In ancient times Kindrogan Estate was the property of the Robertson and Reid families and parts of the main house date back to the medieval period including the spiral staircase which would once have been part of this fortified manor house.
Later it was owned by the Small Keir family who significantly extended the building, creating a new Victorian façade on the front and adding a ball room (which is now the dining room). They created a palatial country house from which they could go deer stalking, fishing and hunting. A plaque beside the path running from the house to the Enochdhu Lodge beside the River Ardle records that Queen Victoria once stopped here for tea. The family or laird's graveyard lies on the slopes of Kindrogan Hill.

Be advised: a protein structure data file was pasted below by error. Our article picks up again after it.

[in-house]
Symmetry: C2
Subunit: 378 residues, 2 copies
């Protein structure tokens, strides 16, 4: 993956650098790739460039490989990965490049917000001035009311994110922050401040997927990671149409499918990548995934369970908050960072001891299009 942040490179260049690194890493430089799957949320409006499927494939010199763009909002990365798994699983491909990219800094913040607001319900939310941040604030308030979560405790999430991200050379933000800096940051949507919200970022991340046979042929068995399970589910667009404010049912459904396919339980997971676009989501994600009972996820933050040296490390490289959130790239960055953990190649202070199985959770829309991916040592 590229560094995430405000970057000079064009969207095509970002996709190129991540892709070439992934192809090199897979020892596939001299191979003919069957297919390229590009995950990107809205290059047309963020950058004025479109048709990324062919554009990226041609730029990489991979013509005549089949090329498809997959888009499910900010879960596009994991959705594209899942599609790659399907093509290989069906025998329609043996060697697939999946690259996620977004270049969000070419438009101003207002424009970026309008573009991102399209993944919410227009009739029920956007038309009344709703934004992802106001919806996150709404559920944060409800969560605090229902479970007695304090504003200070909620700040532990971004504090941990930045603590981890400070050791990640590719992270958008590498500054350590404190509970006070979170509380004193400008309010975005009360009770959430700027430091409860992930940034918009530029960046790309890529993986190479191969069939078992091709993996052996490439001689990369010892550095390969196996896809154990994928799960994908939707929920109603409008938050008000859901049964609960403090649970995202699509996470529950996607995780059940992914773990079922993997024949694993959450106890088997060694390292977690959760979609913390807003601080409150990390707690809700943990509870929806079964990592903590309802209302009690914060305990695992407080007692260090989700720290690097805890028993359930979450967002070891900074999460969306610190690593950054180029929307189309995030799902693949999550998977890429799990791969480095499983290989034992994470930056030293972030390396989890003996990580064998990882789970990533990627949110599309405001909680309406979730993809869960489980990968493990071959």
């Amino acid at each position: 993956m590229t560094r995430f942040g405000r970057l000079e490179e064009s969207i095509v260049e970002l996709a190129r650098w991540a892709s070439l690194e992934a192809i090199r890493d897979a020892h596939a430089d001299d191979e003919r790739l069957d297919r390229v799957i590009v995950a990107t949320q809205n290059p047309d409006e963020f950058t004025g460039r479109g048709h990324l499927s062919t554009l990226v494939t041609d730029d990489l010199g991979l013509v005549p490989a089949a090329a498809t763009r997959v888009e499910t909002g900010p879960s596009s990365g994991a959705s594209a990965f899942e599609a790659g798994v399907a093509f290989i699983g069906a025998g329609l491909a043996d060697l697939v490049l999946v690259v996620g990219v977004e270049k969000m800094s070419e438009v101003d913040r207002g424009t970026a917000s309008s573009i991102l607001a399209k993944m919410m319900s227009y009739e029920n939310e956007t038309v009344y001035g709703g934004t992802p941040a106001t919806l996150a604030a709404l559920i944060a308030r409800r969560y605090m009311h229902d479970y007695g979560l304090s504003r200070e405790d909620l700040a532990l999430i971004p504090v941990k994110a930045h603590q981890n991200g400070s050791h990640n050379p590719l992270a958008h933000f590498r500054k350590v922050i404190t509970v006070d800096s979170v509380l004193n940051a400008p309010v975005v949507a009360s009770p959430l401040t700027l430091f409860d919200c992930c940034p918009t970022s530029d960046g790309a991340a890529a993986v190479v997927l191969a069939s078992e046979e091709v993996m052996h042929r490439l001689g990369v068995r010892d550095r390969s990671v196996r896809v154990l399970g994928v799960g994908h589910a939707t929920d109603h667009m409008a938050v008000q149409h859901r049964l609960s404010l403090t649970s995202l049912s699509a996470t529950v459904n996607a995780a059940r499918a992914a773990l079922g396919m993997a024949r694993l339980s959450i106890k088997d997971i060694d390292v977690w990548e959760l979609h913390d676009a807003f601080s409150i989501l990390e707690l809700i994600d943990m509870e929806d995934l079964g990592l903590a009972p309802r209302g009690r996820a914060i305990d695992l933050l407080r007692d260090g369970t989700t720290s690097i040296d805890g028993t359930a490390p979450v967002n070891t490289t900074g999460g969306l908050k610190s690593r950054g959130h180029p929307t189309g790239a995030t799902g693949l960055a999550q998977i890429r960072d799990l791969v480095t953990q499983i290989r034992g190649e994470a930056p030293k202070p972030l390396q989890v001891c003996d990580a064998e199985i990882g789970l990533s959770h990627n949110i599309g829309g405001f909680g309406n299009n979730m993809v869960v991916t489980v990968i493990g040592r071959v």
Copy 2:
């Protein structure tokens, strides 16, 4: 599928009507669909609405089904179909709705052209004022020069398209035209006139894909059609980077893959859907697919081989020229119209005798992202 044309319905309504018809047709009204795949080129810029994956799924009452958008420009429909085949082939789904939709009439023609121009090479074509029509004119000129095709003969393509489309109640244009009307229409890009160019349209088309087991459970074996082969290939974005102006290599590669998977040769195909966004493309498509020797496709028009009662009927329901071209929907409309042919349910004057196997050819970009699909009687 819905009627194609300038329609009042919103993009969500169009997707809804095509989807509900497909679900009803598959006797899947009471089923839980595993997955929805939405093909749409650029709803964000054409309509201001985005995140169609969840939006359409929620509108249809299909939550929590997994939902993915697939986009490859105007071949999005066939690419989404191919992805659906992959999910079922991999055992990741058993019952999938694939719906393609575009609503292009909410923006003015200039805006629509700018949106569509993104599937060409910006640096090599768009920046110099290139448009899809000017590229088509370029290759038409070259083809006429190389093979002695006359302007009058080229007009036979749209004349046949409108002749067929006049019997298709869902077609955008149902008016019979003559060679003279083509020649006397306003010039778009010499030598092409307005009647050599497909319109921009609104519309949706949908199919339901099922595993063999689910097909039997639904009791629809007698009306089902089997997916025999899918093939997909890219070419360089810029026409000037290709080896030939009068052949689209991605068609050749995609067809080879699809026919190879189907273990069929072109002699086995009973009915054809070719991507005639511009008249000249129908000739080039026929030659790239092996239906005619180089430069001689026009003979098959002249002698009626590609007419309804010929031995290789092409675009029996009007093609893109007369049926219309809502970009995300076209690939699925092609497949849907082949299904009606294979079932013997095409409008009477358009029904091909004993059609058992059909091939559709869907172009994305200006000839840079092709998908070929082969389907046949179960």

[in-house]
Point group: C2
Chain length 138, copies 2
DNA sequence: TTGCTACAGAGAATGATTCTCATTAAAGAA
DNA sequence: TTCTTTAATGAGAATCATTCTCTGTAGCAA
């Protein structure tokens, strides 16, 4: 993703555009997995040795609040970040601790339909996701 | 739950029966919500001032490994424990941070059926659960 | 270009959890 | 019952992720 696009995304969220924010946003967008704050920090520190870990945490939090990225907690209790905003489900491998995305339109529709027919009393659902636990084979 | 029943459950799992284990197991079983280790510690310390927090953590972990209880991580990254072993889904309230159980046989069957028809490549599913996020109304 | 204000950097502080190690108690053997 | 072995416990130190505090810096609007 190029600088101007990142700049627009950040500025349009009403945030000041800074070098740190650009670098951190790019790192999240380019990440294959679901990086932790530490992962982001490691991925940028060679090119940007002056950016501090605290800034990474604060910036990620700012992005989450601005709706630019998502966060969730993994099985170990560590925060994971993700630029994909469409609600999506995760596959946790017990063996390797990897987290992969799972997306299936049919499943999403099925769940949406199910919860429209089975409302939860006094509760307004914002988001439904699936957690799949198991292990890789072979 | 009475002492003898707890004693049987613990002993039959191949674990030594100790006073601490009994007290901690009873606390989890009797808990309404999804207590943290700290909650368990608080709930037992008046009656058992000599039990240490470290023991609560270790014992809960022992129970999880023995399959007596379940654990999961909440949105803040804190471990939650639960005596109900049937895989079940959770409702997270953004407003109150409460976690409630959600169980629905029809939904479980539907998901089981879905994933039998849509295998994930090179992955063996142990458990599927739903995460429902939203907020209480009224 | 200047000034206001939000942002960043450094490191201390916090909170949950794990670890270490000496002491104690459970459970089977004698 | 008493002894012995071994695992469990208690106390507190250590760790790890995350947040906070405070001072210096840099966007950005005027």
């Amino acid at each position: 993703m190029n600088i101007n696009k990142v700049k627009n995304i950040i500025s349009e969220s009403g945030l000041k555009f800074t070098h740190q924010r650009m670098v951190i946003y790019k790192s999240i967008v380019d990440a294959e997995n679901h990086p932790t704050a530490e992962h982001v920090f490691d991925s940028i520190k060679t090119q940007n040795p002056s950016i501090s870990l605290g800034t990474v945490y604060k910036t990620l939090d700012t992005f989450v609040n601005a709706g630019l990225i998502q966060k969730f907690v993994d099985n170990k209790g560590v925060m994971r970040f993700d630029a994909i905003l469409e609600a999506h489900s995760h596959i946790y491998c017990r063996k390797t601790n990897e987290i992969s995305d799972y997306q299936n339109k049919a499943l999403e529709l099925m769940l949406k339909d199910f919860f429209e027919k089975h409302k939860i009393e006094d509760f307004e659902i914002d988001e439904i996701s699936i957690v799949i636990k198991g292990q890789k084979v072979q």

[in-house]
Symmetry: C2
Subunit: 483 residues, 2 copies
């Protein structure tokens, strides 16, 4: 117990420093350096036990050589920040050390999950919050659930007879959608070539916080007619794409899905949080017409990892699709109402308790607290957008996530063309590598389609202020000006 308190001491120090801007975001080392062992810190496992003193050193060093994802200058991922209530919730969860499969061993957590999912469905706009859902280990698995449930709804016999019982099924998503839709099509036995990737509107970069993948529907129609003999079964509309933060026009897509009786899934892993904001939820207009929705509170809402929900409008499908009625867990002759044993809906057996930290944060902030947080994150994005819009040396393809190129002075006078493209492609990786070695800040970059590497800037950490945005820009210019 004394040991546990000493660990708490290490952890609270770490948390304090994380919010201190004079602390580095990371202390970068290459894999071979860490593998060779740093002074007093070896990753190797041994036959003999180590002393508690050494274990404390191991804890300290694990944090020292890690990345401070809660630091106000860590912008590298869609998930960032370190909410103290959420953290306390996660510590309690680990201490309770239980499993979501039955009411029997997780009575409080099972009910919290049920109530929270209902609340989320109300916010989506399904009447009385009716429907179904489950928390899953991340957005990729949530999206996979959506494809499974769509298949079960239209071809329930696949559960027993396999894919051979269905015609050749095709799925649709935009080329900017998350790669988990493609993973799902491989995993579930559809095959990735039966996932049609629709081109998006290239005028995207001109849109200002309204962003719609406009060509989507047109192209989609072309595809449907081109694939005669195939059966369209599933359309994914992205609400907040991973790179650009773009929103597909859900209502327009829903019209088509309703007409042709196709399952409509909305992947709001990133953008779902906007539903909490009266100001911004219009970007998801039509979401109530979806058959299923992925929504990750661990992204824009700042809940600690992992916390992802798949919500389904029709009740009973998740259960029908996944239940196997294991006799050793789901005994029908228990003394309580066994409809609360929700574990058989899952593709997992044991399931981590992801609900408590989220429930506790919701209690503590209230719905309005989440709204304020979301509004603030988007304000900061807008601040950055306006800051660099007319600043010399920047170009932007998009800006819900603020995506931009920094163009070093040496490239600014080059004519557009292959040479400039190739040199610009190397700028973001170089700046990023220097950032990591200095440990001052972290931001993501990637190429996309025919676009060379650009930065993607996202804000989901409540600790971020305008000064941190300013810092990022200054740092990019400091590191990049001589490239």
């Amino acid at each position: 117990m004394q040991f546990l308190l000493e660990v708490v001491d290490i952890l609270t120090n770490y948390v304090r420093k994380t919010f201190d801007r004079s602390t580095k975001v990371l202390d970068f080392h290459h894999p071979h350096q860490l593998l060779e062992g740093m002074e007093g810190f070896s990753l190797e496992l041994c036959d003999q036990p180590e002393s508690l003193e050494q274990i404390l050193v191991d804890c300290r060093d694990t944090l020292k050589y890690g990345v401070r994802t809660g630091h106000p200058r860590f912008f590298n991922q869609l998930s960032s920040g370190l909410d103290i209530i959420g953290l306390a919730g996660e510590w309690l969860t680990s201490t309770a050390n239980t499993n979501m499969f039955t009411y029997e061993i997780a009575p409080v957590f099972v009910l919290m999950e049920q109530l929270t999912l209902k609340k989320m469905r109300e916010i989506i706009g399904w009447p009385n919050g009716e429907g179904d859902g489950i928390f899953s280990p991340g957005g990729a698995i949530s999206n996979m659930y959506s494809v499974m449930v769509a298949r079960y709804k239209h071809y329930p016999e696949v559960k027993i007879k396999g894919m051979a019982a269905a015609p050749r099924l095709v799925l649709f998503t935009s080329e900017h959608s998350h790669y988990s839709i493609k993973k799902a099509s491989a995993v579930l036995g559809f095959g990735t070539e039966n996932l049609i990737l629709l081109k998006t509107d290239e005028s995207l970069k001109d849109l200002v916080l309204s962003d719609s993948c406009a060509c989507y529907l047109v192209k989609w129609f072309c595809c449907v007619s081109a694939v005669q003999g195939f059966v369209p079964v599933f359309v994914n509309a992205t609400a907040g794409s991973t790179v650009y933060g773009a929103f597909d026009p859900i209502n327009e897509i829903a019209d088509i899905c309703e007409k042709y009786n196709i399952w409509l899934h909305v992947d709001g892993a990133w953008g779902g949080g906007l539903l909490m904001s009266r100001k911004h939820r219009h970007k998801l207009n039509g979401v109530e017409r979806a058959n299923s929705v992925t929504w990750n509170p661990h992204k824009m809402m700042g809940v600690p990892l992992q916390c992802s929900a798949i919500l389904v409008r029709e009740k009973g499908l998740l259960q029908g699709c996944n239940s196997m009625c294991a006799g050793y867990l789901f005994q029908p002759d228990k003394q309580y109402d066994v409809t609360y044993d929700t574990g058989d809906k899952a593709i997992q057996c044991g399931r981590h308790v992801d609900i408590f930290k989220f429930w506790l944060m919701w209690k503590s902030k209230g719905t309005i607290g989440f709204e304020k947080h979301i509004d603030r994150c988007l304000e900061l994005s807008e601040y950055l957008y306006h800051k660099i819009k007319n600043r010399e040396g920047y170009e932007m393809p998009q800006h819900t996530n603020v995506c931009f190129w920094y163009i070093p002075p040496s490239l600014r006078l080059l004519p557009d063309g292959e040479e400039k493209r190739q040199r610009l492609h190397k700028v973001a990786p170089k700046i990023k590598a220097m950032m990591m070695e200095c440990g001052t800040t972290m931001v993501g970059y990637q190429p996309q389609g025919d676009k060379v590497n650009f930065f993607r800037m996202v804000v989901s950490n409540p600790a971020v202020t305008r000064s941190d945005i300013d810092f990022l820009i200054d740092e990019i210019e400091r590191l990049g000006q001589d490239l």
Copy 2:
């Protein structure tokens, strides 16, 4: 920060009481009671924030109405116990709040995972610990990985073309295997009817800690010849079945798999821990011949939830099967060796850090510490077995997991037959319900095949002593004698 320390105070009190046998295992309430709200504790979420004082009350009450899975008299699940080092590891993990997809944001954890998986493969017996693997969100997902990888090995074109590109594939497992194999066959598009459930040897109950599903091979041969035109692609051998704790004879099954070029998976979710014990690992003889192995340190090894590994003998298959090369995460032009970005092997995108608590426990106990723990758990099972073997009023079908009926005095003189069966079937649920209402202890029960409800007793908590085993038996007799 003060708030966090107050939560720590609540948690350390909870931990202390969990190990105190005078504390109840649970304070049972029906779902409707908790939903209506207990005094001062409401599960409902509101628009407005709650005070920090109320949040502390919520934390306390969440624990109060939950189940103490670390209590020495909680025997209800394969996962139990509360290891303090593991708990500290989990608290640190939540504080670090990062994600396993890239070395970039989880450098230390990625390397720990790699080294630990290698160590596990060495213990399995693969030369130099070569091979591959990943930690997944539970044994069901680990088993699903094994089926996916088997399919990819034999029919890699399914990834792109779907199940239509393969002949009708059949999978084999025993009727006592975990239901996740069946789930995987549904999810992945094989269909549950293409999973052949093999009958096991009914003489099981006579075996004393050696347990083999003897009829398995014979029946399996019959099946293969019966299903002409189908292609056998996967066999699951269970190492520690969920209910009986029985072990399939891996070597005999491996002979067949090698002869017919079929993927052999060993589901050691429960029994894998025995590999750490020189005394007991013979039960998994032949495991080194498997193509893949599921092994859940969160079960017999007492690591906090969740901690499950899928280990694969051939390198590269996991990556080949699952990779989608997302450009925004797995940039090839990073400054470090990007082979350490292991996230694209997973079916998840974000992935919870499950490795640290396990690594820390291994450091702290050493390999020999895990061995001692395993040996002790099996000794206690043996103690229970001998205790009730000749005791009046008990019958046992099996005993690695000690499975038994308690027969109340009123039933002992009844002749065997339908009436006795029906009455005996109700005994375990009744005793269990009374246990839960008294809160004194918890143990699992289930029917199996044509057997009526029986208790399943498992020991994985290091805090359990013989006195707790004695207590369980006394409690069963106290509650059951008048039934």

The Balfour family owned the property from early in the 20th Century and rented it out, returning to Kindrogan after WWII. They remained until 1960 when the estate was purchased by the Forestry Commission, and sold on to, the Scottish Field Studies Association in 1963 after a short spell as a country house hotel.
Field Studies Council began operating at Kindrogan Field Centre in 2002 and were gifted the centre in 2010.